Big Bad Wolf
Date Published31 July 2015
Price£ 7.99

Big Bad Wolf

by Nele Neuhaus

The body of a young woman is found on a river bank. Chief Detective Superintendant Pia Kirchoff has no lead to follow up, although a brief visit to an old school reunion results in more than she expects.


A group of young people have a picnic and get very drunk. One of them wakes up alone under a tree and discovers the body of a young woman on the riverbank nearby. Chief Detective Superintendant Pia Kirchoff is called from her school reunion to attend the scene. 

At the reunion Pia had reconnected with an old schoolfriend who is staying with her husband’s parents, living in a community founded by the father, many years previously, to help single mothers and their children. Meanwhile a television talk-show host is alerted to a potential story which could rescue her falling ratings. When she is violently attacked and left for dead in the boot of a car, Pia begins to think that the two crimes may be related. 

As often happens with crime fiction this is a book of two halves. The first half seems incredibly complicated because a large number of different strands to the story have to get going. This means that numerous characters are introduced but apart from the very main characters, the others are rarely developed in any depth. When they subsequently appear again in the second part of the book they are barely remembered. The first half, too, is almost pedantic in its detail of events. For example, trying to find a car parking space is described in huge detail. Similarly the actions of the bees in a flowerbed are explained.  Although this may be just an attempt to establish the ordinariness of life, it is quite irritating to read.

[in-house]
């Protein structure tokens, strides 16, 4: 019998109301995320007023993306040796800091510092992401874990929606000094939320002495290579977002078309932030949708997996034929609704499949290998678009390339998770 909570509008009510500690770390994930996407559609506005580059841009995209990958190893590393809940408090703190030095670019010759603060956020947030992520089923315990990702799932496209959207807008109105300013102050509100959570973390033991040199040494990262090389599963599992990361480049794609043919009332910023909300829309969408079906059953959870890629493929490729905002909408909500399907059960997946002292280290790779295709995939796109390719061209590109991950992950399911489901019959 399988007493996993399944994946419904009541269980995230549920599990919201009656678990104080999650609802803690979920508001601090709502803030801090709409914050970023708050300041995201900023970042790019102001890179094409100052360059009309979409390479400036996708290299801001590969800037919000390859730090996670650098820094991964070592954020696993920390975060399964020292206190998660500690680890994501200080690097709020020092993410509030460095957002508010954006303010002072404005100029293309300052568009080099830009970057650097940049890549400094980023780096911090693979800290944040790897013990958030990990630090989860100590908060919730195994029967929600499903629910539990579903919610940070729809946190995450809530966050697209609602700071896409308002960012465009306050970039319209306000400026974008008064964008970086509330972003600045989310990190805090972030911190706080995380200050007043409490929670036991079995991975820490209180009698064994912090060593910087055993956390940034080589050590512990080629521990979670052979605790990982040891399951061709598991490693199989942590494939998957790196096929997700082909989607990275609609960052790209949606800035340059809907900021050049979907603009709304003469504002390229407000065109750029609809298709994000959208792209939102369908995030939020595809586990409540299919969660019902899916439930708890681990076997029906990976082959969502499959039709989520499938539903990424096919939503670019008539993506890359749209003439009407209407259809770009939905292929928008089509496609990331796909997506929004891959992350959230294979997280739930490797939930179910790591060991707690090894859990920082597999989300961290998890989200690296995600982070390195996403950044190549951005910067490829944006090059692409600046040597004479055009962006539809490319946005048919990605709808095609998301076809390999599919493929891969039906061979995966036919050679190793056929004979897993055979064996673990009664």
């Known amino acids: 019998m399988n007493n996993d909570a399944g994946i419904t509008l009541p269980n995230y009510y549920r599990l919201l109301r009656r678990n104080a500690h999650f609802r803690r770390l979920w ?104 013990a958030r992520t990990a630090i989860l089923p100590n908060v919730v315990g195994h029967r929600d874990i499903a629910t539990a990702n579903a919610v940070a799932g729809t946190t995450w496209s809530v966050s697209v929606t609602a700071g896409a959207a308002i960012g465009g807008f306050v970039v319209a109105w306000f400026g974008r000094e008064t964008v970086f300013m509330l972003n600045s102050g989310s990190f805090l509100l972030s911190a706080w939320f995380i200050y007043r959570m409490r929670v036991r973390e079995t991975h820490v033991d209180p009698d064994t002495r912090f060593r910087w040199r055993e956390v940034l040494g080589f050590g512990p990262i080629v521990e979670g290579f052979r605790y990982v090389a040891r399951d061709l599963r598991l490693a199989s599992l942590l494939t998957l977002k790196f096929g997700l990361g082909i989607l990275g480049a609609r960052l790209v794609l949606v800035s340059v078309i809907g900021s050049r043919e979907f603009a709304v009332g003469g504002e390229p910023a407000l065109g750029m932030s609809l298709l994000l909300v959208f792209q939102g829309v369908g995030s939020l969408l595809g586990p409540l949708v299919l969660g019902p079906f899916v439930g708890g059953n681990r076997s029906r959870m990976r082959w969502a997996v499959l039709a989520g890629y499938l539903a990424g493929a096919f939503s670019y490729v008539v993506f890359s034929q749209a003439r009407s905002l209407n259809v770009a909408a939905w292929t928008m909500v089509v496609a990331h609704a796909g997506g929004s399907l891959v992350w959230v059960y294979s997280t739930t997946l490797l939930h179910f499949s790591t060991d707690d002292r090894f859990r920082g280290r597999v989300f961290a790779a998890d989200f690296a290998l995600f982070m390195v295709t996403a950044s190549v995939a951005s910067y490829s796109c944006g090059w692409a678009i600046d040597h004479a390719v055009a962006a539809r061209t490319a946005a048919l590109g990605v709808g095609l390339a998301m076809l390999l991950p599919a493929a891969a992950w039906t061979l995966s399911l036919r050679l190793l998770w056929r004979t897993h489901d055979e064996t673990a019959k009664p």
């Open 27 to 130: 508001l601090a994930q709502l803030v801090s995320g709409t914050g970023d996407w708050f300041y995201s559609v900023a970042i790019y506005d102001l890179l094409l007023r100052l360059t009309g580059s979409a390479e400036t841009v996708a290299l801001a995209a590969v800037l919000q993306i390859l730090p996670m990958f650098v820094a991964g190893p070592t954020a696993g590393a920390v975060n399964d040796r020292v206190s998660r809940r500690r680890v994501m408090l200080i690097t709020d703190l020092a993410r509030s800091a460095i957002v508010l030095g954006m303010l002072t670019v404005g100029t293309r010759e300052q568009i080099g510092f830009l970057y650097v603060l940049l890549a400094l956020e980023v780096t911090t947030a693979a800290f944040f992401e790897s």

However, it is a very clever and complex plot and the second half of the book repays all the careful preparation of the first half. The main characters are developed in some depth and the pace increases as all the storylines begin to come together. It turns into a compelling and gripping read. The context is a current issue which is sensitively handled with an appropriate balance between the very grim details of the associated violence and the insidious way in which the criminal behaviour takes place.

Pia is particularly well portrayed, partly because of her major part in the story, both as a detective and as a victim, but also because of her relationship with her boss and one of her other colleagues. It all makes her into a very likeable main character to whom the reader can relate.

Reviewed 23 April 2016 by Sylvia Maughan